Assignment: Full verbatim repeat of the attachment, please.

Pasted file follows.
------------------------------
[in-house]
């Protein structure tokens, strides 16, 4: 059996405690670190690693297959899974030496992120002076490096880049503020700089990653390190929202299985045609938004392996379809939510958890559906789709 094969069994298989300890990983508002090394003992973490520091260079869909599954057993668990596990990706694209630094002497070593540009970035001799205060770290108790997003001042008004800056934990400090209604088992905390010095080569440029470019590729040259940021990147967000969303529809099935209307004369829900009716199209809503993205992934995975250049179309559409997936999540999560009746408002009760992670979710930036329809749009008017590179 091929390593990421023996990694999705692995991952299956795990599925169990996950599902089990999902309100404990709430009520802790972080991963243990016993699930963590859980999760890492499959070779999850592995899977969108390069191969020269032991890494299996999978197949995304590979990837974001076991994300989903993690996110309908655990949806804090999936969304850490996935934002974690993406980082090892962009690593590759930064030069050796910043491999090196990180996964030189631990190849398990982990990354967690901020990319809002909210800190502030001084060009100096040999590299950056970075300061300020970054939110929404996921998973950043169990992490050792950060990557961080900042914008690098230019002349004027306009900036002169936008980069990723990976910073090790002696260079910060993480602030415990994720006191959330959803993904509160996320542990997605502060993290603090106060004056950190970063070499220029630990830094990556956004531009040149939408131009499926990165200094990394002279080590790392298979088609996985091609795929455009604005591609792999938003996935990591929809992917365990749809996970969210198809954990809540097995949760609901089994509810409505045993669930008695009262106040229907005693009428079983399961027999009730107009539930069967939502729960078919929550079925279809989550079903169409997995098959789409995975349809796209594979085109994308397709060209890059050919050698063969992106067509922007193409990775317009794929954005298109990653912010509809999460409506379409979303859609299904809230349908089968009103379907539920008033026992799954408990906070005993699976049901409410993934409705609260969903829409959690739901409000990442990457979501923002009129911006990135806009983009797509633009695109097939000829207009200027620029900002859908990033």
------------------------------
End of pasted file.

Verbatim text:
[in-house]
């Protein structure tokens, strides 16, 4: 059996405690670190690693297959899974030496992120002076490096880049503020700089990653390190929202299985045609938004392996379809939510958890559906789709 094969069994298989300890990983508002090394003992973490520091260079869909599954057993668990596990990706694209630094002497070593540009970035001799205060770290108790997003001042008004800056934990400090209604088992905390010095080569440029470019590729040259940021990147967000969303529809099935209307004369829900009716199209809503993205992934995975250049179309559409997936999540999560009746408002009760992670979710930036329809749009008017590179 091929390593990421023996990694999705692995991952299956795990599925169990996950599902089990999902309100404990709430009520802790972080991963243990016993699930963590859980999760890492499959070779999850592995899977969108390069191969020269032991890494299996999978197949995304590979990837974001076991994300989903993690996110309908655990949806804090999936969304850490996935934002974690993406980082090892962009690593590759930064030069050796910043491999090196990180996964030189631990190849398990982990990354967690901020990319809002909210800190502030001084060009100096040999590299950056970075300061300020970054939110929404996921998973950043169990992490050792950060990557961080900042914008690098230019002349004027306009900036002169936008980069990723990976910073090790002696260079910060993480602030415990994720006191959330959803993904509160996320542990997605502060993290603090106060004056950190970063070499220029630990830094990556956004531009040149939408131009499926990165200094990394002279080590790392298979088609996985091609795929455009604005591609792999938003996935990591929809992917365990749809996970969210198809954990809540097995949760609901089994509810409505045993669930008695009262106040229907005693009428079983399961027999009730107009539930069967939502729960078919929550079925279809989550079903169409997995098959789409995975349809796209594979085109994308397709060209890059050919050698063969992106067509922007193409990775317009794929954005298109990653912010509809999460409506379409979303859609299904809230349908089968009103379907539920008033026992799954408990906070005993699976049901409410993934409705609260969903829409959690739901409000990442990457979501923002009129911006990135806009983009797509633009695109097939000829207009200027620029900002859908990033």